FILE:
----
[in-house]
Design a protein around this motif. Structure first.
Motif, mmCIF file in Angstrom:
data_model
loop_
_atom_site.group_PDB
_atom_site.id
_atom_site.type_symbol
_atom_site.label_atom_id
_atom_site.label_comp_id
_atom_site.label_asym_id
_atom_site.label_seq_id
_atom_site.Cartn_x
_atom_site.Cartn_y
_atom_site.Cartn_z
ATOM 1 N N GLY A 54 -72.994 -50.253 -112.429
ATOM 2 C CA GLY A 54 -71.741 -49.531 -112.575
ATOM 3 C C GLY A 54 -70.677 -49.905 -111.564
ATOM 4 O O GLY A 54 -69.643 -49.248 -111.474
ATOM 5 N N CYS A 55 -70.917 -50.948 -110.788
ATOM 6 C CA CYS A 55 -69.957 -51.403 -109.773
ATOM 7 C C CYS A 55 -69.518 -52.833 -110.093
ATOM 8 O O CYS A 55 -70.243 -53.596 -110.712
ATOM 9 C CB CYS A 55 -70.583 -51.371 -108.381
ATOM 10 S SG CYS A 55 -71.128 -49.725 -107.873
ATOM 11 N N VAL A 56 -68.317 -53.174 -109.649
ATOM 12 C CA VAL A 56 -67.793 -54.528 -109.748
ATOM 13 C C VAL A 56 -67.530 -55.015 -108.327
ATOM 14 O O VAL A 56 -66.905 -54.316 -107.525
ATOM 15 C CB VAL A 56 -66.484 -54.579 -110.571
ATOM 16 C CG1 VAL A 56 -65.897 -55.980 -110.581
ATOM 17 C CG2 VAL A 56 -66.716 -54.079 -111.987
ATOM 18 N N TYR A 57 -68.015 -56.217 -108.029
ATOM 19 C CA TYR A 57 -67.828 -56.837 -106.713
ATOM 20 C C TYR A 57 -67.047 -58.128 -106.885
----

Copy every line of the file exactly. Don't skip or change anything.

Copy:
[in-house]
Design a protein around this motif. Structure first.
Motif, mmCIF file in Angstrom:
data_model
loop_
_atom_site.group_PDB
_atom_site.id
_atom_site.type_symbol
_atom_site.label_atom_id
_atom_site.label_comp_id
_atom_site.label_asym_id
_atom_site.label_seq_id
_atom_site.Cartn_x
_atom_site.Cartn_y
_atom_site.Cartn_z
ATOM 1 N N GLY A 54 -72.994 -50.253 -112.429
ATOM 2 C CA GLY A 54 -71.741 -49.531 -112.575
ATOM 3 C C GLY A 54 -70.677 -49.905 -111.564
ATOM 4 O O GLY A 54 -69.643 -49.248 -111.474
ATOM 5 N N CYS A 55 -70.917 -50.948 -110.788
ATOM 6 C CA CYS A 55 -69.957 -51.403 -109.773
ATOM 7 C C CYS A 55 -69.518 -52.833 -110.093
ATOM 8 O O CYS A 55 -70.243 -53.596 -110.712
ATOM 9 C CB CYS A 55 -70.583 -51.371 -108.381
ATOM 10 S SG CYS A 55 -71.128 -49.725 -107.873
ATOM 11 N N VAL A 56 -68.317 -53.174 -109.649
ATOM 12 C CA VAL A 56 -67.793 -54.528 -109.748
ATOM 13 C C VAL A 56 -67.530 -55.015 -108.327
ATOM 14 O O VAL A 56 -66.905 -54.316 -107.525
ATOM 15 C CB VAL A 56 -66.484 -54.579 -110.571
ATOM 16 C CG1 VAL A 56 -65.897 -55.980 -110.581
ATOM 17 C CG2 VAL A 56 -66.716 -54.079 -111.987
ATOM 18 N N TYR A 57 -68.015 -56.217 -108.029
ATOM 19 C CA TYR A 57 -67.828 -56.837 -106.713
ATOM 20 C C TYR A 57 -67.047 -58.128 -106.885